Illustration: Sarah Grillo/Axios

With college football just around the corner, ESPN is set to launch the long-awaited ACC Network on Thursday.

Why it matters: Conference networks have become enormous moneymakers this decade, so the launch of ACCN will help the ACC close the financial gap with leagues like the SEC and Big Ten, who have surged ahead.

ACCN will go live at 7pm ET with a two-hour edition of "All-ACC," the channel's flagship studio show. After that, the network will debut its documentary film on Duke basketball's 1982 recruiting class: "The Class That Saved Coach K."

  • Next Thursday, No. 1 Clemson will host Georgia Tech as the network's first marquee live broadcast, and the Tigers will also be featured in a "Hard Knocks"-style show this season.

By the numbers (estimates per The Athletic):

  • SEC Network: ~59 million subscribers; ~$230 million in annual revenue
  • Big Ten Network: ~55 million subscribers, ~$160 million in annual revenue
  • Pac-12 Network: ~19 million subscribers, ~$40 million in annual revenue (fully owns and operates its network; no media partner ... which isn't working out so well)
  • ACC Network: TBD

The big picture: "Over a decade those numbers would mean more than $2.3 billion (after ESPN takes its half) in ... revenue for the SEC, more than $1.6 billion (after Fox takes its half) for the Big Ten, about $400 million for the Pac-12 ... and zero for the ACC (until now)," writes The Athletic's David Glenn (subscription).

  • The Big 12 is now the only Power Five league without its own stand-alone conference network — though it's nearly all-in with ESPN.

The bottom line: Campuses are opening their on-site production facilities, cable companies are scrambling with last-minute negotiations and the ACC's new era is officially underway. Now we wait for the football.

Go deeper

Trump whisked out of press briefing after shooting outside White House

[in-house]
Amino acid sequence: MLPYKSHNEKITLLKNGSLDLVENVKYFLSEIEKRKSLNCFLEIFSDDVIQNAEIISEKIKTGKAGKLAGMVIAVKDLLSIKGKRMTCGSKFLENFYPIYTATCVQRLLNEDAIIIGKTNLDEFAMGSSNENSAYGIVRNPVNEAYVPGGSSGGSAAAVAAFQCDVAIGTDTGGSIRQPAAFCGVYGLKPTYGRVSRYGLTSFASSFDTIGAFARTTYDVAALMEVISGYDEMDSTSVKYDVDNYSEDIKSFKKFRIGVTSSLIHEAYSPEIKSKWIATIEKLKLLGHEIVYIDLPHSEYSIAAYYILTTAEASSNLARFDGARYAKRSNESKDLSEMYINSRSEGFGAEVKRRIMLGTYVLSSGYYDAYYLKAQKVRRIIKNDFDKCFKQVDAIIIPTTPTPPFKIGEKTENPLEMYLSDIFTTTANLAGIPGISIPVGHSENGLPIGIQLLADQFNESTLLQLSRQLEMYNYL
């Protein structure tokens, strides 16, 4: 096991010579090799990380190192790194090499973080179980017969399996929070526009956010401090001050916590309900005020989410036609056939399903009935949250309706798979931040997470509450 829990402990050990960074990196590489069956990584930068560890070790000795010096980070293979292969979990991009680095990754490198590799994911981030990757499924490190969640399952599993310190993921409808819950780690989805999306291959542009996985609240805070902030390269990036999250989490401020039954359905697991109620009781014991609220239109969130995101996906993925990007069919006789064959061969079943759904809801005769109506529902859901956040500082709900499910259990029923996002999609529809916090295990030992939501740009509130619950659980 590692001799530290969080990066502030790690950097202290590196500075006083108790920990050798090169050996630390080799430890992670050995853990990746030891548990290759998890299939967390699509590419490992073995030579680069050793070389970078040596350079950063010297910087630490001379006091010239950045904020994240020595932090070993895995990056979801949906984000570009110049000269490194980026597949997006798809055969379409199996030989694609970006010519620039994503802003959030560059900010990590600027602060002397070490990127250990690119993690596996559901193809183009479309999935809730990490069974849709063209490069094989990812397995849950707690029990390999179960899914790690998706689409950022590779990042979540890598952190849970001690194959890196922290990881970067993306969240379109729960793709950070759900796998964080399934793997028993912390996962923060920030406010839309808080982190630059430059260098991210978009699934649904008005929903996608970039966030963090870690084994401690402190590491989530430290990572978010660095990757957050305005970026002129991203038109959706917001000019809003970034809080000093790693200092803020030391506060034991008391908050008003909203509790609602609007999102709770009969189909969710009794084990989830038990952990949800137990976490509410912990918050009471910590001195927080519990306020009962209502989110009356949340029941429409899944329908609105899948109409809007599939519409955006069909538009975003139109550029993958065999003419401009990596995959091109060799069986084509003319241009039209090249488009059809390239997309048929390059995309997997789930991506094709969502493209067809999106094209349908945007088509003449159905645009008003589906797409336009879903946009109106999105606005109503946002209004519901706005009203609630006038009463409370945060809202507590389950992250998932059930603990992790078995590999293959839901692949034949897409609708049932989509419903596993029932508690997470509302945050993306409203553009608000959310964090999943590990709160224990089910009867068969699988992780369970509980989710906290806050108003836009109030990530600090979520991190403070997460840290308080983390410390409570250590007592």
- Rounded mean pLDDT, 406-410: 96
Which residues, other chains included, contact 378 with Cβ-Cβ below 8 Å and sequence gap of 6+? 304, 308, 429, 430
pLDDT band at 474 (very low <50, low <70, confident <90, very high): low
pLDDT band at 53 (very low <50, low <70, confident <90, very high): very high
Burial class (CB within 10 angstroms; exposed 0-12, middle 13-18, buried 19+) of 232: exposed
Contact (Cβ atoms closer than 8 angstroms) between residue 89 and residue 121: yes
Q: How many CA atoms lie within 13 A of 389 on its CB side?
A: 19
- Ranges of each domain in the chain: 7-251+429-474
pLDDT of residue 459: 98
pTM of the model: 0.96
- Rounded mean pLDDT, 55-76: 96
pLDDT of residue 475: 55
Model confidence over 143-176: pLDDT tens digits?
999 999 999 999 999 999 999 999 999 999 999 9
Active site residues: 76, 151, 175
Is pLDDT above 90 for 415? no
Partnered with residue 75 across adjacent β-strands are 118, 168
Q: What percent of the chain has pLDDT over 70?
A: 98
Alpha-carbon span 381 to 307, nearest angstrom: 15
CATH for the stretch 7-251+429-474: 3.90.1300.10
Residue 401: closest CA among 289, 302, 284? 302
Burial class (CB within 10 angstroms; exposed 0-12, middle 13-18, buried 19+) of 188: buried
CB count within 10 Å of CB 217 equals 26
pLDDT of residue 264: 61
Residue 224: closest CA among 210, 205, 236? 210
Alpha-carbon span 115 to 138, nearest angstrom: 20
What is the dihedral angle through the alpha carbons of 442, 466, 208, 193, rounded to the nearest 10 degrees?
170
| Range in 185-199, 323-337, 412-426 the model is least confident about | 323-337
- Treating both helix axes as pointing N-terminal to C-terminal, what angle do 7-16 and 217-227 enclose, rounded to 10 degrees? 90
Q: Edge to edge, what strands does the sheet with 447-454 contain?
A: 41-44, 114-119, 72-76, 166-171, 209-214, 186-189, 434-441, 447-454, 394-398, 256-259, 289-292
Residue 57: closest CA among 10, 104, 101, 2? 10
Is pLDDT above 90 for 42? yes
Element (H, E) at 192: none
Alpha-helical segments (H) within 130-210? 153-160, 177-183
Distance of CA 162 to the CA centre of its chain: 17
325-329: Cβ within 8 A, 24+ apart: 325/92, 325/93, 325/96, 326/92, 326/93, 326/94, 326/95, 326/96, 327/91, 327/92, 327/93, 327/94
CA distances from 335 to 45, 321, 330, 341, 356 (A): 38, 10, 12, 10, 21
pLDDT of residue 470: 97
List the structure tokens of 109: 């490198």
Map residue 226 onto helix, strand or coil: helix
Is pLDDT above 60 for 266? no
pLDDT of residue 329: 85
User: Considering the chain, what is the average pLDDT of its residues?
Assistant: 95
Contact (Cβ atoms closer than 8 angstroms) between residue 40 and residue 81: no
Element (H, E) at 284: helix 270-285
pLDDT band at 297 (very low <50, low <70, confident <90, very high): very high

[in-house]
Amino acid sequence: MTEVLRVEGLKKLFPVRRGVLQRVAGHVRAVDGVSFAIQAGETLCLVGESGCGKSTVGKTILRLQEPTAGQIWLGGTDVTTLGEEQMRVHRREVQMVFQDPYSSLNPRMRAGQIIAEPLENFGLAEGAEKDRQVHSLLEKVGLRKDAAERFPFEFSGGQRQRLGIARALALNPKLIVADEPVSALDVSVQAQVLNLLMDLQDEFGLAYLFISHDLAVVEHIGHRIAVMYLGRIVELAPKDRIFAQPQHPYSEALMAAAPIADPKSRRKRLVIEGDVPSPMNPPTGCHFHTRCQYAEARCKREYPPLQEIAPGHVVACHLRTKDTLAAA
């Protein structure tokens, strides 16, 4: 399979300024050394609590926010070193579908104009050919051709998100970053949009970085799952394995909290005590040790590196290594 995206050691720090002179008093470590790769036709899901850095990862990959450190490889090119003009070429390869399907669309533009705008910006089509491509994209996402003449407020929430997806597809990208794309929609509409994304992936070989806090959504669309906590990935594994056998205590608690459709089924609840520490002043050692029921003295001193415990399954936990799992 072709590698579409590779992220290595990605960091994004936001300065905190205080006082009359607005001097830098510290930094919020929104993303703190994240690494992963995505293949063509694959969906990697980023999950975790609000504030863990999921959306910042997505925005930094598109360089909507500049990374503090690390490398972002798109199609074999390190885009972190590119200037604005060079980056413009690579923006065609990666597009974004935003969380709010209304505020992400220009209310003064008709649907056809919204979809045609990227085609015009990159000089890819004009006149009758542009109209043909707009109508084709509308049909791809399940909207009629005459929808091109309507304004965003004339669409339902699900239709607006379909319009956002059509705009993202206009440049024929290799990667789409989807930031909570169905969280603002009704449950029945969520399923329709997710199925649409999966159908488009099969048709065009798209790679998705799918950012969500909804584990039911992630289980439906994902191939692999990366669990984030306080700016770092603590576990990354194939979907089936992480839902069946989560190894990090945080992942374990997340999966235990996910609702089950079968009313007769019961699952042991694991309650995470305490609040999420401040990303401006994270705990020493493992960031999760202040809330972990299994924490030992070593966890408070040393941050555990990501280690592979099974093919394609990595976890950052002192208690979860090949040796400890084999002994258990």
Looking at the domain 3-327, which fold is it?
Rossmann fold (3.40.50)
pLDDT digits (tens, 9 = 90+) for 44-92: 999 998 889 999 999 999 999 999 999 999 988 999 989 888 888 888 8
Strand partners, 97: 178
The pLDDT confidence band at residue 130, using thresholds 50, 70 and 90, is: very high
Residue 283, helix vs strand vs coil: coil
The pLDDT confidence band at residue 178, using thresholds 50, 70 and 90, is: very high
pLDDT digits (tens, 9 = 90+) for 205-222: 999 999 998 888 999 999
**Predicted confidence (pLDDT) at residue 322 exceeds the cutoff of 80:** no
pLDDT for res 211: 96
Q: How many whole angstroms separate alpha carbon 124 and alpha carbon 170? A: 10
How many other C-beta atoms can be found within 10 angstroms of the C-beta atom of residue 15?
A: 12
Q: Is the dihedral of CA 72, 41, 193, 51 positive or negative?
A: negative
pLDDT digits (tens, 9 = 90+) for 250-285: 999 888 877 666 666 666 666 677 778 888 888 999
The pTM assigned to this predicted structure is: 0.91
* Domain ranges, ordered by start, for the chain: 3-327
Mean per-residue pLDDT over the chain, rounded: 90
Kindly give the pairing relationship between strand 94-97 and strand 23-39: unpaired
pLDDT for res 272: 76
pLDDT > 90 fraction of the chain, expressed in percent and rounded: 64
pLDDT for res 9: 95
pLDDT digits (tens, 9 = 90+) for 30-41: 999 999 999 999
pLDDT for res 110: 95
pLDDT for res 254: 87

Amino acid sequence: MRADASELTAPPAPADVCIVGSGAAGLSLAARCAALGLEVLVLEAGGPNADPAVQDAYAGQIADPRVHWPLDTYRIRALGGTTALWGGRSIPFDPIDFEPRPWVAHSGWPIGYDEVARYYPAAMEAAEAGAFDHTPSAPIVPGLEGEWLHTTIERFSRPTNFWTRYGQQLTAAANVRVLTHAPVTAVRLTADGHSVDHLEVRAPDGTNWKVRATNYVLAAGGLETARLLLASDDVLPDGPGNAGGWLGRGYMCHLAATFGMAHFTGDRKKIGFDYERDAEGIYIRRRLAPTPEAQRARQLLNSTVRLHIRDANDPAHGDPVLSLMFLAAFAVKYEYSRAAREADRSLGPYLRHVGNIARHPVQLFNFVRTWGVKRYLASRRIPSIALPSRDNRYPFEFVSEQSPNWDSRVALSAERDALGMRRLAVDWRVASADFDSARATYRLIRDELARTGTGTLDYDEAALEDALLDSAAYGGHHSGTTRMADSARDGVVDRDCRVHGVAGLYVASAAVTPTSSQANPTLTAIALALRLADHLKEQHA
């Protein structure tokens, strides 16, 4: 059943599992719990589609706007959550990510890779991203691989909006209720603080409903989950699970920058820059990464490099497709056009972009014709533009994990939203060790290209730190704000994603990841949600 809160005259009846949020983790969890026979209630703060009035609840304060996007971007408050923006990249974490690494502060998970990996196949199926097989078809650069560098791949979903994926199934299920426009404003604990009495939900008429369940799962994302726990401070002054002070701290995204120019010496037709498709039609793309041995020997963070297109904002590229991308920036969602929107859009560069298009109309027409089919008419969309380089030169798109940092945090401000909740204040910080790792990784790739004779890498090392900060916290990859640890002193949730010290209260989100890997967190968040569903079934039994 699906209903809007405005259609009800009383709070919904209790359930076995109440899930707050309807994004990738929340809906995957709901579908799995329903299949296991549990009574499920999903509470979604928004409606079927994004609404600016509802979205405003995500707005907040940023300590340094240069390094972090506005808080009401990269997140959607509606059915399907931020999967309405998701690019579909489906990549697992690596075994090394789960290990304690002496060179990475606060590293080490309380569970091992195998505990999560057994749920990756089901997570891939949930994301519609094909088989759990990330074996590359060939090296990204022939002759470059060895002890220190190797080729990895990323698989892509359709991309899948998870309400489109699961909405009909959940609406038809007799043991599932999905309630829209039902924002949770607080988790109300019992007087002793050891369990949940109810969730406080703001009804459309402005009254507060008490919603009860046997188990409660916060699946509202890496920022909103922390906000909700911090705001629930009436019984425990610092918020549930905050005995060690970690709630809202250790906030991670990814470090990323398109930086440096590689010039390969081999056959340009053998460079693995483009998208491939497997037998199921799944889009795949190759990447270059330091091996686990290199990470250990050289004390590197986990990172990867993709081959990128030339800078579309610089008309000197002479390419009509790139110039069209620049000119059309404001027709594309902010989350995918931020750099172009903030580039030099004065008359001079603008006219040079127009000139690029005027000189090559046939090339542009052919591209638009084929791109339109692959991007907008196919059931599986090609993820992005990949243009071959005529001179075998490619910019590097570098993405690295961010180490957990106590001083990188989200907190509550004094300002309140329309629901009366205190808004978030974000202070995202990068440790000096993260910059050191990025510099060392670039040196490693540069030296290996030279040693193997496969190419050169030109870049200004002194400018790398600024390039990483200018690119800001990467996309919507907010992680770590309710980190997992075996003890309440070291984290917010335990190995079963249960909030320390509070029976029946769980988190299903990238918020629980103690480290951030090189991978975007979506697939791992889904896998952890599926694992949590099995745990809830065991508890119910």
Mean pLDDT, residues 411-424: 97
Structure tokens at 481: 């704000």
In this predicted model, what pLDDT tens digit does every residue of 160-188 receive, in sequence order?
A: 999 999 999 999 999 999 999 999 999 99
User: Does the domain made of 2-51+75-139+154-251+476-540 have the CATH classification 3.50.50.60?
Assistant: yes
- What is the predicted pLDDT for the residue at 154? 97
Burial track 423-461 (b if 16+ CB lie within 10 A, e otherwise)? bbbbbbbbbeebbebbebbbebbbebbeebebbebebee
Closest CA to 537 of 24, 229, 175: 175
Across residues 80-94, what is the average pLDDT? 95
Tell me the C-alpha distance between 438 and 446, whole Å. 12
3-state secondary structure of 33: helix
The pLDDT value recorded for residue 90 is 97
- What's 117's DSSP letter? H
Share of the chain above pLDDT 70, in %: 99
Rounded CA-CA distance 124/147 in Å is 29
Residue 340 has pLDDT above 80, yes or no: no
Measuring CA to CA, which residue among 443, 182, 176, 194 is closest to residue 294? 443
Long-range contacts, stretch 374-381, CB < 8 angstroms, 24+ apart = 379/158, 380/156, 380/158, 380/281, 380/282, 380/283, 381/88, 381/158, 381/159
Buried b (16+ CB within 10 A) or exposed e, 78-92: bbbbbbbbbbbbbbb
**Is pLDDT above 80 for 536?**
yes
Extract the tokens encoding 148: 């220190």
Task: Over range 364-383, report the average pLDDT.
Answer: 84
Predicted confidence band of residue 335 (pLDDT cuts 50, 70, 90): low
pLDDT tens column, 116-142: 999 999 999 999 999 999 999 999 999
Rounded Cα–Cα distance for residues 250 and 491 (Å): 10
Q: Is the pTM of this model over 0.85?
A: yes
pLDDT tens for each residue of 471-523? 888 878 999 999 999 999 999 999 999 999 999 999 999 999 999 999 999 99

President Trump was escorted out of a coronavirus press briefing by a Secret Service agent on Monday after law enforcement reportedly shot an armed suspect outside of the White House.

The state of play: Trump returned to the podium approximately ten minutes later and informed reporters of the news. He said the suspect has been taken to the hospital, but was unable to provide more details and said Secret Service may give a briefing later. The president praised the Secret Services agents, saying they do a "fantastic job" and he feels "very safe."

This story is developing. Please check back for updates.

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Coronavirus dashboard

Illustration: Annelise Capossela/Axios

  1. Global: Total confirmed cases as of 5:30 p.m. ET: 19,952,057 — Total deaths: 732,689 — Total recoveries — 12,150,698Map.
  2. U.S.: Total confirmed cases as of 5:30 p.m. ET: 5,074,059 — Total deaths: 163,275 — Total recoveries: 1,656,864 — Total tests: 61,792,571Map.
  3. Politics: House will not hold votes until Sept. 14 unless stimulus deal is reached.
  4. Business: Richer Americans are more comfortable eating out.
  5. Public health: A dual coronavirus and flu threat is set to deliver a winter from hellAt least 48 local public health leaders have quit or been fired during pandemic.
  6. Sports: The cost of kids losing gym class — College football is on the brink.
  7. World: Europe's CDC recommends new restrictions amid "true resurgence in cases."
Updated 48 mins ago - Health

5 states set single-day coronavirus case records last week

Data: Compiled by Axios; Map: Danielle Alberti/Axios

Five states set new highs last week for coronavirus infections recorded in a single day, according to the COVID Tracking Project and state health departments. Only one state — North Dakota — surpassed a record set the previous week.

Why it matters: This is the lowest number of states to see dramatic single-day increases since Axios began tracking weekly highs in June, and marks a continued decrease from late July.